Preventing Youth Smoking
The National Youth Tobacco Survey released today by the Centers for Disease Control and Prevention provides further evidence that the United States has made dramatic progress in reducing youth smoking, but the rate of decline has slowed significantly in recent years.
Like other recent surveys, this survey sends an unmistakable message to elected officials at all levels: We know how to win the fight against tobacco – the nation’s number one cause of preventable death – but our progress is at risk unless we resist complacency and step up efforts to implement proven strategies. These include well-funded tobacco prevention and cessation programs, higher tobacco taxes, smoke-free air laws, and effective regulation of tobacco products and marketing.
Our nation is at a crossroads in the fight against tobacco. If elected leaders provide the resources and political will to aggressively implement these solutions, we can achieve one of the greatest public health victories in our nation’s history. If they fail to do so, the nation’s progress against tobacco could end and even be reversed. The new survey again demonstrates that we know how to dramatically reduce tobacco use.
Between 2000 and 2009, cigarette smoking rates declined by 39 percent among high school students (from 28 percent to 17.2 percent who have smoked in the past 30 days) and by 53 percent among middle school students (from 11 percent to 5.2 percent). There were also large declines in the percentages of high school and middle school students who were current users of any tobacco products or who had ever experimented with cigarettes. Between 2006, when the survey was last conducted, and 2009, the survey found that smoking rates declined from 19.8 percent to 17.2 percent among high school students and from 6.3 percent to 5.2 percent among middle school students. However, the CDC reported that these overall declines were not statistically significant, although there were statistically significant declines in smoking among both high school and middle school girls.
Why have smoking declines slowed in recent years? The CDC and other experts have cited several factors, including large cuts in funding for state tobacco prevention and cessation programs and the tobacco industry’s continued heavy spending to market its deadly and addictive products. Between 2008 and 2010, states cut funding for tobacco prevention programs by 21 percent, from $717.7 million to $567.5 million. In contrast, the tobacco companies spent $12.8 billion on marketing in 2006 (the latest year for which data are available), and the bulk of it is spent on price discounting that has kept cigarette prices flat despite tax increases.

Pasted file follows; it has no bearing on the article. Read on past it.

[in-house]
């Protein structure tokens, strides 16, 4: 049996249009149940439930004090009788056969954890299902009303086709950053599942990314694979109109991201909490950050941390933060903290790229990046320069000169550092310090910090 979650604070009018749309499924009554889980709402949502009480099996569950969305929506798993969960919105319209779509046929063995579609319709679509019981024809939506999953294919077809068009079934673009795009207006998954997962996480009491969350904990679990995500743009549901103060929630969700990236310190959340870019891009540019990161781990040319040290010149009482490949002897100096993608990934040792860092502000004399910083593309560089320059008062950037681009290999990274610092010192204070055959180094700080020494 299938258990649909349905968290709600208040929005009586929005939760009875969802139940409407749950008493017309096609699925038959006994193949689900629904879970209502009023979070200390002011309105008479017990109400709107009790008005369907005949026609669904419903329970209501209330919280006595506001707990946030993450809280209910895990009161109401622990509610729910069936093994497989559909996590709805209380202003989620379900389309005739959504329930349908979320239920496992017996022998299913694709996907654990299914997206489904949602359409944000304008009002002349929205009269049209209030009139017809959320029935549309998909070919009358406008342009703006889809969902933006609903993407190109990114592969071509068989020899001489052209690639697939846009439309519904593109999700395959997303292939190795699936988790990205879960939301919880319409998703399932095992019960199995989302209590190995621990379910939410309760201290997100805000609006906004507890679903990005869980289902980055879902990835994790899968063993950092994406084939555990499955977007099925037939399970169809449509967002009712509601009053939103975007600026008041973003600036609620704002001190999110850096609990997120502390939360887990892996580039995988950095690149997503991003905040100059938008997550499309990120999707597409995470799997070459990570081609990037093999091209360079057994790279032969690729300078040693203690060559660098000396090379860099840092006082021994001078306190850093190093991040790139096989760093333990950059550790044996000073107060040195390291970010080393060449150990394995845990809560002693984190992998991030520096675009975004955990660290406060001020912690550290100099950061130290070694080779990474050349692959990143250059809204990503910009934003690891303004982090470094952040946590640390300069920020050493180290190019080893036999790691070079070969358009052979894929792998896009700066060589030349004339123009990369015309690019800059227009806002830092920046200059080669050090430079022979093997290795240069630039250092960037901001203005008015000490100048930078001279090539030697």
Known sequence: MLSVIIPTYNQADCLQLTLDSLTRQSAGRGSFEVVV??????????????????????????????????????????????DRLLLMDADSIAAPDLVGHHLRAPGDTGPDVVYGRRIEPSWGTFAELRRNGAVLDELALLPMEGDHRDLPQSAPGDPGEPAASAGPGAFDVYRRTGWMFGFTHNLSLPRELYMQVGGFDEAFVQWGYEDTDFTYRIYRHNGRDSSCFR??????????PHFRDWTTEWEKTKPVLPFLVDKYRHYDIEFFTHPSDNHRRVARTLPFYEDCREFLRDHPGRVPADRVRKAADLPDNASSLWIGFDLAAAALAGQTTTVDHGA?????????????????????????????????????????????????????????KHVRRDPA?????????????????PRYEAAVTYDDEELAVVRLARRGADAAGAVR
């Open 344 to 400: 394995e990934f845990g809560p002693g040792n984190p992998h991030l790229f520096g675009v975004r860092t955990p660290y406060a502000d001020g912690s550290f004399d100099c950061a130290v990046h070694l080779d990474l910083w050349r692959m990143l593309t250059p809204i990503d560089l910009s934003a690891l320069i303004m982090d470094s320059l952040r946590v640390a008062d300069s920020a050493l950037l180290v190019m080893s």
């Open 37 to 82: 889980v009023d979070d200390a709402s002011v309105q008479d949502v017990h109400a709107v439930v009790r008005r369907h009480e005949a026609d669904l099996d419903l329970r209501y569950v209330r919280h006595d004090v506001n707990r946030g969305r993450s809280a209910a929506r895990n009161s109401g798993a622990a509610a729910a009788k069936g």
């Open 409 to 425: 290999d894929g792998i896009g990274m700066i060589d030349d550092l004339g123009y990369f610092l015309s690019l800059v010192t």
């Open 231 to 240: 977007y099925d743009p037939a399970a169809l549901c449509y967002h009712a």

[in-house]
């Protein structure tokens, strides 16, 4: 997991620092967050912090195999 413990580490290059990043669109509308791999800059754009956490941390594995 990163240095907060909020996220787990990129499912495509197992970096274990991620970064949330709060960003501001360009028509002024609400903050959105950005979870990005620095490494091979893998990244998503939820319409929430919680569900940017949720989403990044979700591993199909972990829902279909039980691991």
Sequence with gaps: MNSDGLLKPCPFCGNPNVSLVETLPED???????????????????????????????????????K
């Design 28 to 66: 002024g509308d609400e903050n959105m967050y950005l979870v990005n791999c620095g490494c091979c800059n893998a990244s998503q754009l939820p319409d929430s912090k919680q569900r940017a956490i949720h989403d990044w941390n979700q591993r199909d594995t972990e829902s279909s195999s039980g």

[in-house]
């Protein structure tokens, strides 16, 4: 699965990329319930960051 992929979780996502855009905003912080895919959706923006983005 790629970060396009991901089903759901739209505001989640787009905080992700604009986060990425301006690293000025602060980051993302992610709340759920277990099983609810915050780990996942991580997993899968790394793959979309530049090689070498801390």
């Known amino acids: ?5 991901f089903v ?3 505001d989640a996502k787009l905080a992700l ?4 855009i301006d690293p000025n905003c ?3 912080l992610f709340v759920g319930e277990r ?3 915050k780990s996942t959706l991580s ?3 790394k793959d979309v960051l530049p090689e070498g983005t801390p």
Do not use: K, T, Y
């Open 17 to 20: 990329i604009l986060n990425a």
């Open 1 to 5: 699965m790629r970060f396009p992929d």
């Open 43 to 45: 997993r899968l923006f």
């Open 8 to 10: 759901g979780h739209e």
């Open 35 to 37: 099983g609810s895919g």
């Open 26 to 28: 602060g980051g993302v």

The challenge for elected leaders today is to finally fight tobacco use with the political will and resources that match the scope of the problem. All levels of government must do more: At the federal level, the FDA must effectively exercise its new authority to regulate the manufacturing, marketing and sale of tobacco products. In addition, the Obama Administration and Congress must implement a national tobacco prevention and cessation campaign.
The Prevention and Public Health Fund created as part of the health care reform law provides one opportunity to do so. The states must use more of the billions of dollars they collect from the 1998 tobacco settlement and tobacco taxes to fund tobacco prevention and cessation programs. In addition, they must continue to increase tobacco taxes and enact comprehensive smoke-free laws that apply to all workplaces and public places. Despite the progress we have made, tobacco use still kills more than 400,000 Americans and costs $96 billion in health care bills each year. We cannot declare victory until we have eliminated the death and disease caused by tobacco.
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